The business and the sponsor, who used to be on opposite sides of the table negotiating against each other, are now on the same team. The sponsor might even become the chairperson of the newly merged public business, like Chamath did with Virgin Galactic. This is very different than the dynamic with banks: it's M&A, rather than consulting. Your negotiation is more brutal, but then once it's done, you merge. 

Unlike the bank, who never really worked for you anyway; the SPAC sponsor doesn't just work for you; they ARE you. 

As I said last week, I suspect a lot of private companies aren't looking for that; they already know who they are, and don't really want to combine their identities with Bill Ackman or Chamath Palihapitiya or Michael Klein. A SPAC is not a neutral tool to take a company public, but a partnership with a sponsor, which may or may not be what you want. But it's what the sponsors want, so maybe they'll pay up for it. One thing that you are selling, when you do a SPAC merger instead of an IPO, is a bit more control, and perhaps the market will pay you for that.

I don't expect SPACs to replace IPOs. I like direct listings well enough because they cut out a lot of the apparatus and structure of traditional IPOs, while SPACs mostly add a lot more apparatus and structure. (And expense.) They feel to me like an interesting tool for weird times, not the future of going public. Merging with one person's company and paying her a huge fee to do so does not feel like a good general substitute for selling shares to the market at the clearing price. But maybe that's wrong; maybe if SPACs are going to be the future of going public, people will start doing them with less structure and less expense.

Vaccine hedging

Let's say you're the founder and chief executive officer of a small biotech company that is working on developing a coronavirus vaccine. You have done some work, there have been preliminary trials, you have announced the results. The results suggest that you have, say, a 20% chance of making a safe effective vaccine. You believe this. The market believes this. Let's just say it's a true and broadly known fact, you have a 20% chance of winning.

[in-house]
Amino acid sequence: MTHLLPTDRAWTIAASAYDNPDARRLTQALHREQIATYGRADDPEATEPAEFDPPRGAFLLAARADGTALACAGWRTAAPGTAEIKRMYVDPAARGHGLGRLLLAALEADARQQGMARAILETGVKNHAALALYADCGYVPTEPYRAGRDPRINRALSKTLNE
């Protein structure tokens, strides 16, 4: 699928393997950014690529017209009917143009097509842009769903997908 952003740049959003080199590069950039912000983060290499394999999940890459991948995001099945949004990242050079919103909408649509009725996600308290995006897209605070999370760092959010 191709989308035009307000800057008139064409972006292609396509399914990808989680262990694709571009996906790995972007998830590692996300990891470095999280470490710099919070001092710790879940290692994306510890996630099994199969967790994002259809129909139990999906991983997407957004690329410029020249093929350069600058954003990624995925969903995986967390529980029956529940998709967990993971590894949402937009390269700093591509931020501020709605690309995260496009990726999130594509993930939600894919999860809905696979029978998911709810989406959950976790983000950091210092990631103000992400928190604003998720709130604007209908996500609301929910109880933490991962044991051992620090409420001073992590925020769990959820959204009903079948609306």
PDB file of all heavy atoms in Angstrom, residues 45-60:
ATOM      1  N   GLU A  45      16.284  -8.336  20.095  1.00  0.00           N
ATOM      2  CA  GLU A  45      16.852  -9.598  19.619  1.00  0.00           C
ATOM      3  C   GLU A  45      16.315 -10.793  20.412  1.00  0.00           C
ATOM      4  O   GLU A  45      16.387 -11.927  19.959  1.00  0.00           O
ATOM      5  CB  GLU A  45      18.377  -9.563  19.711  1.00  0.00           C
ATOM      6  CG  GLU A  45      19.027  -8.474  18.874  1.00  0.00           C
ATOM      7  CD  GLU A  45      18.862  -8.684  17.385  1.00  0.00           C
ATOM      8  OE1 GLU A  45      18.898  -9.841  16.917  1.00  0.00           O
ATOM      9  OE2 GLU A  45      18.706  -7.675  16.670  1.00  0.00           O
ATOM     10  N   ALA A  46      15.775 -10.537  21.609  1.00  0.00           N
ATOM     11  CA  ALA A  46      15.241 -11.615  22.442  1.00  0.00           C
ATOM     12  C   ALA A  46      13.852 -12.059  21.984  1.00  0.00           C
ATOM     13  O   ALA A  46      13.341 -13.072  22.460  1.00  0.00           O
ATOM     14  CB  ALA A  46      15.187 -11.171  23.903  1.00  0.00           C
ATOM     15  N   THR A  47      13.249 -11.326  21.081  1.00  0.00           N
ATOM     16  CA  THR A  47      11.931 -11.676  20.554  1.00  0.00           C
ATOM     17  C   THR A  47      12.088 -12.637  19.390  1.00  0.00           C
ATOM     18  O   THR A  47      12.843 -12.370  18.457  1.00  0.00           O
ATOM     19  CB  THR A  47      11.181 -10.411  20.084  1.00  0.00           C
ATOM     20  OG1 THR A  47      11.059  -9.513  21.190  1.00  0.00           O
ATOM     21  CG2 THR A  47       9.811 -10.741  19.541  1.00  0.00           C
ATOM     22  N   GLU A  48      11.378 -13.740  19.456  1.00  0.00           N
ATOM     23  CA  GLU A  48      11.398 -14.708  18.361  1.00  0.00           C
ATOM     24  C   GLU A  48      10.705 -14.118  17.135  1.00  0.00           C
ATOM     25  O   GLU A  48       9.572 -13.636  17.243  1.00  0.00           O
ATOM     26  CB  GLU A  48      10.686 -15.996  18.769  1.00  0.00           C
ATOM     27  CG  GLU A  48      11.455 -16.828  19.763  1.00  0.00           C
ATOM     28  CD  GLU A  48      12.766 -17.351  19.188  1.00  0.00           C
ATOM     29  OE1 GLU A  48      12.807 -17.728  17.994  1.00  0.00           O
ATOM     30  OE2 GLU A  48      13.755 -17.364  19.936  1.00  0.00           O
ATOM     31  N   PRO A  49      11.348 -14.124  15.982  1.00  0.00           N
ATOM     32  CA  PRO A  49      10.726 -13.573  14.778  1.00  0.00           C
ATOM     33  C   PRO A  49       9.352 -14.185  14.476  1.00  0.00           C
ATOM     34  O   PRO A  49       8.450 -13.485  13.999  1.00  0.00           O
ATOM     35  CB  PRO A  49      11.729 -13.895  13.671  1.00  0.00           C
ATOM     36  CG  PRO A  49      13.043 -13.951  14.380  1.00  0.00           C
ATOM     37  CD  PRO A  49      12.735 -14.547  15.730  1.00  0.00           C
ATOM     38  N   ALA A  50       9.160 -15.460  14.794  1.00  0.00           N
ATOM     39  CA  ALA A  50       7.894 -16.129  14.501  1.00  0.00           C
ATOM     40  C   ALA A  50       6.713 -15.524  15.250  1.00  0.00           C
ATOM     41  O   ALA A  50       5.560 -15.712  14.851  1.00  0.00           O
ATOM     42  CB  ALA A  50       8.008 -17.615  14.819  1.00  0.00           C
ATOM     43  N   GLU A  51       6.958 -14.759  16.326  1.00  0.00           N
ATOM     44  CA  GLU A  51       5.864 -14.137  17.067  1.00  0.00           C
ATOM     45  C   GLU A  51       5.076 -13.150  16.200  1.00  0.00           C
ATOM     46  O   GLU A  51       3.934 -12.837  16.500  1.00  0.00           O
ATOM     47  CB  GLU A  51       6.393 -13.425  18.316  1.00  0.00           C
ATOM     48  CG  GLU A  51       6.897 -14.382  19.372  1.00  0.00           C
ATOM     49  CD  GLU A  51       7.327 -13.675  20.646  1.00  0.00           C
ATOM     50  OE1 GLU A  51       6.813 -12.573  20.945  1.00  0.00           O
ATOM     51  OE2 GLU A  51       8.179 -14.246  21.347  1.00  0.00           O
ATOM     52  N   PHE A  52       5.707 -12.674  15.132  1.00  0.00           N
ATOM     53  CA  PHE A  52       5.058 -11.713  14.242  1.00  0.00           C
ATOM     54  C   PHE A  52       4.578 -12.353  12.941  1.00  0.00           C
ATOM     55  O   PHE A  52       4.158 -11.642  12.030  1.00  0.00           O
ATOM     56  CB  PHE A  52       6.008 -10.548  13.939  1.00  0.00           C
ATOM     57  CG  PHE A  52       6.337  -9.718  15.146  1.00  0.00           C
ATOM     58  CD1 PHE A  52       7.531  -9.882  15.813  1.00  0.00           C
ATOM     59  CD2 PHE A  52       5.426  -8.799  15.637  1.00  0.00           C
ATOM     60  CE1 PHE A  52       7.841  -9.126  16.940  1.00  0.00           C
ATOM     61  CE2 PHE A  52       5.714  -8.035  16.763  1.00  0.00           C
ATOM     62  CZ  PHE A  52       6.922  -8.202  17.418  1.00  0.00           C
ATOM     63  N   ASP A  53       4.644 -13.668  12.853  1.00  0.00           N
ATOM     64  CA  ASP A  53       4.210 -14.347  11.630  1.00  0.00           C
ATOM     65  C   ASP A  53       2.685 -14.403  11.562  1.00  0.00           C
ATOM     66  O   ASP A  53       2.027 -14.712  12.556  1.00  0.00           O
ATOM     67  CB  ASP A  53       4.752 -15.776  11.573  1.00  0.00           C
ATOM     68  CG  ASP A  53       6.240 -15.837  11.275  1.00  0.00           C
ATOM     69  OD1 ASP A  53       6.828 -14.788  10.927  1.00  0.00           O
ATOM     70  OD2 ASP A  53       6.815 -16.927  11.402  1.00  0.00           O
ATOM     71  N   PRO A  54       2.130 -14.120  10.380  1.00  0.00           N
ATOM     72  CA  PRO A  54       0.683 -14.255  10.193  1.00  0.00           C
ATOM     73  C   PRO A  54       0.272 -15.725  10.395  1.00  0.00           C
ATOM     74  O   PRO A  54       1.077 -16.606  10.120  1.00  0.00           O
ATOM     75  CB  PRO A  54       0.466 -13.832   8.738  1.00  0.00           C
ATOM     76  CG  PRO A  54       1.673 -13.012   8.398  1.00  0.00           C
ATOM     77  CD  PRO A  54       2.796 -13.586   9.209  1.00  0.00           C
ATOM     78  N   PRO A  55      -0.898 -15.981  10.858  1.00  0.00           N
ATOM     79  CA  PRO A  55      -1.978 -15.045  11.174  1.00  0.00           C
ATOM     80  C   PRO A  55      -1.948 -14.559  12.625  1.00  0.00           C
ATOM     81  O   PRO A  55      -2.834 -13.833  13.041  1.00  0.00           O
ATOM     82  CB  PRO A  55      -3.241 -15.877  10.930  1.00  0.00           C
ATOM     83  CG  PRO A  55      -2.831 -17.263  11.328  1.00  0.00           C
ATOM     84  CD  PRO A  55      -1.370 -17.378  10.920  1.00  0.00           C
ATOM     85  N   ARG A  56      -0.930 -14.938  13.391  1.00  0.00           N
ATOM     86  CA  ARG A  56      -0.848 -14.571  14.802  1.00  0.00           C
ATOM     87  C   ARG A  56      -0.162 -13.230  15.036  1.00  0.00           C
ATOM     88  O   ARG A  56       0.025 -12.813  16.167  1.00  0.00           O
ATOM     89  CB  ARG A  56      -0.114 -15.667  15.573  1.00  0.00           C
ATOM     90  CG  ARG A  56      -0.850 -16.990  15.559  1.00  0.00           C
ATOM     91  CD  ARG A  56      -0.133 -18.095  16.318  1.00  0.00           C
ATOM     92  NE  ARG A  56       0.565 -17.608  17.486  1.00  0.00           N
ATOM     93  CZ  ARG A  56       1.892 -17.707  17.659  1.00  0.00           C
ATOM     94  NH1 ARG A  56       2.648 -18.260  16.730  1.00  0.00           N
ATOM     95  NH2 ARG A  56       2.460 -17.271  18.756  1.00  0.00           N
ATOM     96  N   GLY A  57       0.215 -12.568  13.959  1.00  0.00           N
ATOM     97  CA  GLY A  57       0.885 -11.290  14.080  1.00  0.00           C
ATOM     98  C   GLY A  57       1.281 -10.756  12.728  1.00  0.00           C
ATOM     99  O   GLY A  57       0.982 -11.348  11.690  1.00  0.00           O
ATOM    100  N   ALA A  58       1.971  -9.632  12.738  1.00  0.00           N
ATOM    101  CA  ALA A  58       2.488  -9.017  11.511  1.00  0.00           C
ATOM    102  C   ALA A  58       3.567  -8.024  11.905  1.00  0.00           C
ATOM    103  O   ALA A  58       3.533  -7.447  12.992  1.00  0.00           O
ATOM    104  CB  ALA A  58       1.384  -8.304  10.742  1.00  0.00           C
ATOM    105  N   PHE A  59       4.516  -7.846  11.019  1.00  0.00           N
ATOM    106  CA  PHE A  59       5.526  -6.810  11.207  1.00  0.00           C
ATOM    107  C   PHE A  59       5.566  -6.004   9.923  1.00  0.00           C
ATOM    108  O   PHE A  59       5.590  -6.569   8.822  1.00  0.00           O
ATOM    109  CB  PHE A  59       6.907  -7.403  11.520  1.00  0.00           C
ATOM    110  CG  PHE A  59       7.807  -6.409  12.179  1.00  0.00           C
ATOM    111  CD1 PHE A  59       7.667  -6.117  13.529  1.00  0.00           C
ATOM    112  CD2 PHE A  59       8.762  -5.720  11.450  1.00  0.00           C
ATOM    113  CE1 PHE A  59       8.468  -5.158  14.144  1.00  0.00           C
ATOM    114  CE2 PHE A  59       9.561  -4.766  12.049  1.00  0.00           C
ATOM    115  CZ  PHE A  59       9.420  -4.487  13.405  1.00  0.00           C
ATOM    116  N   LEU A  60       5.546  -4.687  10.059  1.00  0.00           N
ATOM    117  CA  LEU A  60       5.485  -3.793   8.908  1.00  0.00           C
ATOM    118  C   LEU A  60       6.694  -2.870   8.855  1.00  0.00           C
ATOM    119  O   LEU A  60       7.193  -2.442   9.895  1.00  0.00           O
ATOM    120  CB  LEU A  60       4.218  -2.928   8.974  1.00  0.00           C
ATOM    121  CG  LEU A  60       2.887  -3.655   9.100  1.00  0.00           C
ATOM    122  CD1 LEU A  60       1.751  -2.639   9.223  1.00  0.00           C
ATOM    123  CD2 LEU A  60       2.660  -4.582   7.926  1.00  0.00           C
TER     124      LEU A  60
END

What will this do to your stock? Assume your stock will go up a lot. Before this you were a small biotech with some irons in the fire, no working product, no revenue, of interest only to a few specialized investors. Now you have a 20% chance at untold riches and fame, etc. That chance does not need to be 100% for lots of investors to rush to buy the stock. They are diversified, they have risk tolerance, they'll pay the fair price for a gamble. If you find the vaccine it will be, let's assume (one could quibble!), very lucrative for you, and your company will be worth, say, $20 billion. A 20% chance of that is worth, say, $4 billion now. If your company was worth $200 million before—reflecting a 1% chance of success—then it has gone up 1,900%.

What will you do with your stock? You aren't diversified. Before this you owned, say, 5% of a $200 million company, $10 million on paper of fairly illiquid stock. Now you own 5% of a $4 billion company, $200 million of much more liquid, actively traded, rising stock. If you hold on to the stock and the vaccine works, you'll be worth a billion dollars. If you hold on to the stock and it doesn't, you won't even have the $10 million; when your odds of success go from 20% to 0%, let's say, your company will go out of business and your stock will be worthless.

I think the three options are:

  1. Do nothing, keep all your stock, continue to bet your entire net worth on the success of your efforts. You are a true believer, you are in this because you have faith in yourself and your team, you are a founder-CEO because you take risks and dream big, and you want that billion dollars.